One of the most interesting museums in the state, MESDA was conceived as a showcase of furniture design and decorative arts in the American Southeast during the 18th and early 19th centuries. It originated as the result of the outrage generated at a lecture by the then-president of the Winterthur Museum (Delaware) in 1949, when he implied that nothing of artistic importance was produced south of Baltimore during America's colonial era. MESDA's collection of southeastern American art and antiques grew up in reaction to his words, and today the organization functions as a research and documentation center, producing large, four-color volumes on esoteric subjects associated with the decorative arts in the American South.
The best way to enter this museum is by navigating your way through the visitor center for Old Salem, passing over a replica of a mortise-and-tenon-covered bridge leading toward Old Salem, and entering the neo-Palladian entryway (inspired by Thomas Jefferson's Monticello) of MESDA. Its collections are set inside replicas of 32 historically important period rooms, many dismantled from places throughout the South, then reassembled, side by side, in a warehouselike structure originally conceived as a Kroger grocery store in the 1950s. Each of the rooms represents a different region of the South and is appointed with furniture from its era. Hours are the same as those for the Old Salem visitor center, and a ticket to Old Salem includes access to this museum.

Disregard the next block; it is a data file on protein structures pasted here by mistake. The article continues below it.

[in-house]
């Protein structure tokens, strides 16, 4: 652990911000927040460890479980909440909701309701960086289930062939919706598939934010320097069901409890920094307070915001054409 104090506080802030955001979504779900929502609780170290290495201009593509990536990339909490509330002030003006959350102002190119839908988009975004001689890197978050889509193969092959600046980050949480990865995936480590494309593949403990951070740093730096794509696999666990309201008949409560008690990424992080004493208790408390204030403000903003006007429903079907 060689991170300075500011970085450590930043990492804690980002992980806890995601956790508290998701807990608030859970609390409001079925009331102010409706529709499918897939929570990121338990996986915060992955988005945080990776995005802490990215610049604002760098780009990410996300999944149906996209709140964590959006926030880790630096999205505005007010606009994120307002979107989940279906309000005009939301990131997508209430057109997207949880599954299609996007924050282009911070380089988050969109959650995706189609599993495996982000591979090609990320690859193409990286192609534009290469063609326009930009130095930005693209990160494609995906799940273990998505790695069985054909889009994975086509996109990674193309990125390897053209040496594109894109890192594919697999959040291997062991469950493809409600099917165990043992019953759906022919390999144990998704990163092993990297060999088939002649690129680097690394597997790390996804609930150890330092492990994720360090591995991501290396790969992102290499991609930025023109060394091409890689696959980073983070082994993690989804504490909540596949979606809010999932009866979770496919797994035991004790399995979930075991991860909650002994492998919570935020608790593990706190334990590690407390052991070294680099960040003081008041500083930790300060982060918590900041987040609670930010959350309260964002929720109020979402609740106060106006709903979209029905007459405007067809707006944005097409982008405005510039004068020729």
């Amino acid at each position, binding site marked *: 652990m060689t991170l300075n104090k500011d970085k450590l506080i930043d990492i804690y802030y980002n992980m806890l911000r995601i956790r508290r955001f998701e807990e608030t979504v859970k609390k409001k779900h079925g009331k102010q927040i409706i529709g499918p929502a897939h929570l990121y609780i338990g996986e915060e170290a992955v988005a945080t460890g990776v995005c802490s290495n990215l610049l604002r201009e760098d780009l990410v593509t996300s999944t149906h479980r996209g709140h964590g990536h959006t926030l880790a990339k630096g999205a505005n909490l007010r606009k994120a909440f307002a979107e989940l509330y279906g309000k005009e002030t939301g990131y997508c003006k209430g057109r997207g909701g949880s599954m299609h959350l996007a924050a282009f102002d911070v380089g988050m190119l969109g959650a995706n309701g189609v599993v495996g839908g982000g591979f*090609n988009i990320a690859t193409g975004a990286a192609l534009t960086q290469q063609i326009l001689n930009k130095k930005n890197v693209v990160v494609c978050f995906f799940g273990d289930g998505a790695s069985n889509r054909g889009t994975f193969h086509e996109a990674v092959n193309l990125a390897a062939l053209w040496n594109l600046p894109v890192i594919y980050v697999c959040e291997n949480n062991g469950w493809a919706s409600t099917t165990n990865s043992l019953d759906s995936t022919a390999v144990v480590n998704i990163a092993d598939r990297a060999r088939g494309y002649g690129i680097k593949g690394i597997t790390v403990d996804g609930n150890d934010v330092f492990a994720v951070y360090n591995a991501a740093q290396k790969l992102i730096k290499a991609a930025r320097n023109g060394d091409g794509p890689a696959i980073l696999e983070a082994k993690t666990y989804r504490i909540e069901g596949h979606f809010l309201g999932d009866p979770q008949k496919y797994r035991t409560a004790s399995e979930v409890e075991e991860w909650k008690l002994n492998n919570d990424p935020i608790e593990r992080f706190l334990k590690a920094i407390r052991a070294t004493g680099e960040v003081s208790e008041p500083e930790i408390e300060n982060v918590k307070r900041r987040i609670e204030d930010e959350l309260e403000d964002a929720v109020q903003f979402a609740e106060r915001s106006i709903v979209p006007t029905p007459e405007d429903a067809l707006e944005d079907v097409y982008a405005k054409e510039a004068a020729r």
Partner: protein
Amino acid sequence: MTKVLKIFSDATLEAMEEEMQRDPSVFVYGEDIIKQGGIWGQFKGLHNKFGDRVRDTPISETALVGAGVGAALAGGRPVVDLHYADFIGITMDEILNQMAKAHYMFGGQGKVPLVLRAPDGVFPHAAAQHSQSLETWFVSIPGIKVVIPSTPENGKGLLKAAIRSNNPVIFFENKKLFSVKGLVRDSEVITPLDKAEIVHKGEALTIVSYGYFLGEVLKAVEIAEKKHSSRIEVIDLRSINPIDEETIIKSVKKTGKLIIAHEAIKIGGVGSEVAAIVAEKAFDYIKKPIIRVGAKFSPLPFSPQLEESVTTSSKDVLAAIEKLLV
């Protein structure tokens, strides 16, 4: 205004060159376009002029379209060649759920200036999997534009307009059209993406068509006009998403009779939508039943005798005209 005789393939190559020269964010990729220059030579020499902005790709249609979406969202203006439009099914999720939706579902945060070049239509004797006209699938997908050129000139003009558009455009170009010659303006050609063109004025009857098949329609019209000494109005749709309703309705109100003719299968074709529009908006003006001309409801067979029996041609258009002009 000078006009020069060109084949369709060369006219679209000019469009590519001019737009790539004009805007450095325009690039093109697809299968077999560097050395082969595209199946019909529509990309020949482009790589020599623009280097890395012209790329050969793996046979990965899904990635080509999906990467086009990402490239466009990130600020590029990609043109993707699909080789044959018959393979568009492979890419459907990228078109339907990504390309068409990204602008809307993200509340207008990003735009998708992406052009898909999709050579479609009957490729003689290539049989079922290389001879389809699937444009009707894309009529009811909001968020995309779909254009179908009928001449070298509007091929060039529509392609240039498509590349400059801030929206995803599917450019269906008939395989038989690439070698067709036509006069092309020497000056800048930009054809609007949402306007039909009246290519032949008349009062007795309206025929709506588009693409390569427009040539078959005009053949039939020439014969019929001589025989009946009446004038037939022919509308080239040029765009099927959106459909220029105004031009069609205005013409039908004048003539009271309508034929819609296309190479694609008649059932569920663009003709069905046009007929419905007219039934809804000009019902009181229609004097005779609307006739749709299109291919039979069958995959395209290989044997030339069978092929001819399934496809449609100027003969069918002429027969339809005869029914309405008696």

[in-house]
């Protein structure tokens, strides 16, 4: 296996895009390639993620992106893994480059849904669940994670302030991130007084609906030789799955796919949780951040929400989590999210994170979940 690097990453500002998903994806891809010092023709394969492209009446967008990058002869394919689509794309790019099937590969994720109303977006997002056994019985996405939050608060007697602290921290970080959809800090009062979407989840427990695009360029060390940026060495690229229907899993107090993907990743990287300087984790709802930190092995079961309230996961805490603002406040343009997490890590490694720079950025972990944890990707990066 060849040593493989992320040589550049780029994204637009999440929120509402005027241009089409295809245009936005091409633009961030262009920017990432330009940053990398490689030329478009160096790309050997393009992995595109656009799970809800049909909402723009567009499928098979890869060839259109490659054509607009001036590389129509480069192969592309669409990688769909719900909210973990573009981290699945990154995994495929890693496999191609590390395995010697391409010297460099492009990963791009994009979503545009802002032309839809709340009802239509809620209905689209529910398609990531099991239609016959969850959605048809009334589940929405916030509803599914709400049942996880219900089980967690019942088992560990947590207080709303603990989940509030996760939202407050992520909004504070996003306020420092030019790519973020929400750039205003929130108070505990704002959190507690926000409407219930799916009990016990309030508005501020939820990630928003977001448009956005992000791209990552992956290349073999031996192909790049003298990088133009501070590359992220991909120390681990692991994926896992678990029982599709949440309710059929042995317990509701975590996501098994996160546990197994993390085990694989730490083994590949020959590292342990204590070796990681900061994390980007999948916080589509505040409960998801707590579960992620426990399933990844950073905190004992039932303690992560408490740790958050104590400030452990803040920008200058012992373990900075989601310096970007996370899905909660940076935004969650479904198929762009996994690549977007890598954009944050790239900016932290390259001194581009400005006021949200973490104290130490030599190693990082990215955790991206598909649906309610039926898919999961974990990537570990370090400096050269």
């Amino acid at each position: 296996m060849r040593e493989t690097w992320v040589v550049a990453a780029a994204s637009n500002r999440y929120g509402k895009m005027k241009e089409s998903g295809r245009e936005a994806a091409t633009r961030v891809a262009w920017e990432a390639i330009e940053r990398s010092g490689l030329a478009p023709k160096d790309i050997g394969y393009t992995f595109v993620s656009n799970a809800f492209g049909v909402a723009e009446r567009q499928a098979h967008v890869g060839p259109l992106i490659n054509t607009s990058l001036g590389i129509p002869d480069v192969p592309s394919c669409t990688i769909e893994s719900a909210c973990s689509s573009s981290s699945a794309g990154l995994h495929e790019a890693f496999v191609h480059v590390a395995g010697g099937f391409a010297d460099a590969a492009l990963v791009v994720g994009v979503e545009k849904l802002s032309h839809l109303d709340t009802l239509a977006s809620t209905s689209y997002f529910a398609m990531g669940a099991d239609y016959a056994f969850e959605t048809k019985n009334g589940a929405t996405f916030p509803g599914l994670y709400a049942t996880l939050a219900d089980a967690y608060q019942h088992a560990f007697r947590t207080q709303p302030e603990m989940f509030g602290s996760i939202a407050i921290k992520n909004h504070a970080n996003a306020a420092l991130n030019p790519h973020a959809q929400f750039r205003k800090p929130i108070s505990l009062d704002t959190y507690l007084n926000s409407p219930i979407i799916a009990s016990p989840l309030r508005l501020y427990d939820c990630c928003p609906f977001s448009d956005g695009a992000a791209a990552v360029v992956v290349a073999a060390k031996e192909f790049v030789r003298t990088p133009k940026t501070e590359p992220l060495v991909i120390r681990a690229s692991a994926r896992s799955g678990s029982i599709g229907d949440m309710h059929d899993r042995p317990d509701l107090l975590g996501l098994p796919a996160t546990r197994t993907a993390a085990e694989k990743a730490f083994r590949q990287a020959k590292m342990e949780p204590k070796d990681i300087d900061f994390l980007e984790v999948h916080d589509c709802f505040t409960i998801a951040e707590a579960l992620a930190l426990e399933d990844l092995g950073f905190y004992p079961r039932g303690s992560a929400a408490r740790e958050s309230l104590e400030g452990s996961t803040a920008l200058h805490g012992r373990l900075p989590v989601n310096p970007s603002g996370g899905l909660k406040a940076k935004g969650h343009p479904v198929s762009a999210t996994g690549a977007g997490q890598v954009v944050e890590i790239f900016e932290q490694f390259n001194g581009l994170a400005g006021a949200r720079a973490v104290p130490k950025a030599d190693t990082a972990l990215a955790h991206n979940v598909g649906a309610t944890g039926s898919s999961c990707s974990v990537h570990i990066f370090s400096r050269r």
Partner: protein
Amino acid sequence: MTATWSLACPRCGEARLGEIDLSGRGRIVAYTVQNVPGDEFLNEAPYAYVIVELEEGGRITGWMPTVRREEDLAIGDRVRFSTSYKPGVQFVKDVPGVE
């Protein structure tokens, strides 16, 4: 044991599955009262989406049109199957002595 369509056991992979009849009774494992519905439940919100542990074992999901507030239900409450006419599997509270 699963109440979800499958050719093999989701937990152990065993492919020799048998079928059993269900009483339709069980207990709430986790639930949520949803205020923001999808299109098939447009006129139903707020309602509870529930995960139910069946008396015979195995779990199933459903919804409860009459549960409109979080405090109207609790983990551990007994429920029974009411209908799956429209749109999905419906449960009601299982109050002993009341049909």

MESDA allows you to tour period rooms and galleries, showcasing the furniture, paintings, textiles, ceramics, silver, and other metalwares made and used in the South through 1820. The museum stands at the southern edge of Old Salem.
- © Frommer's 2013
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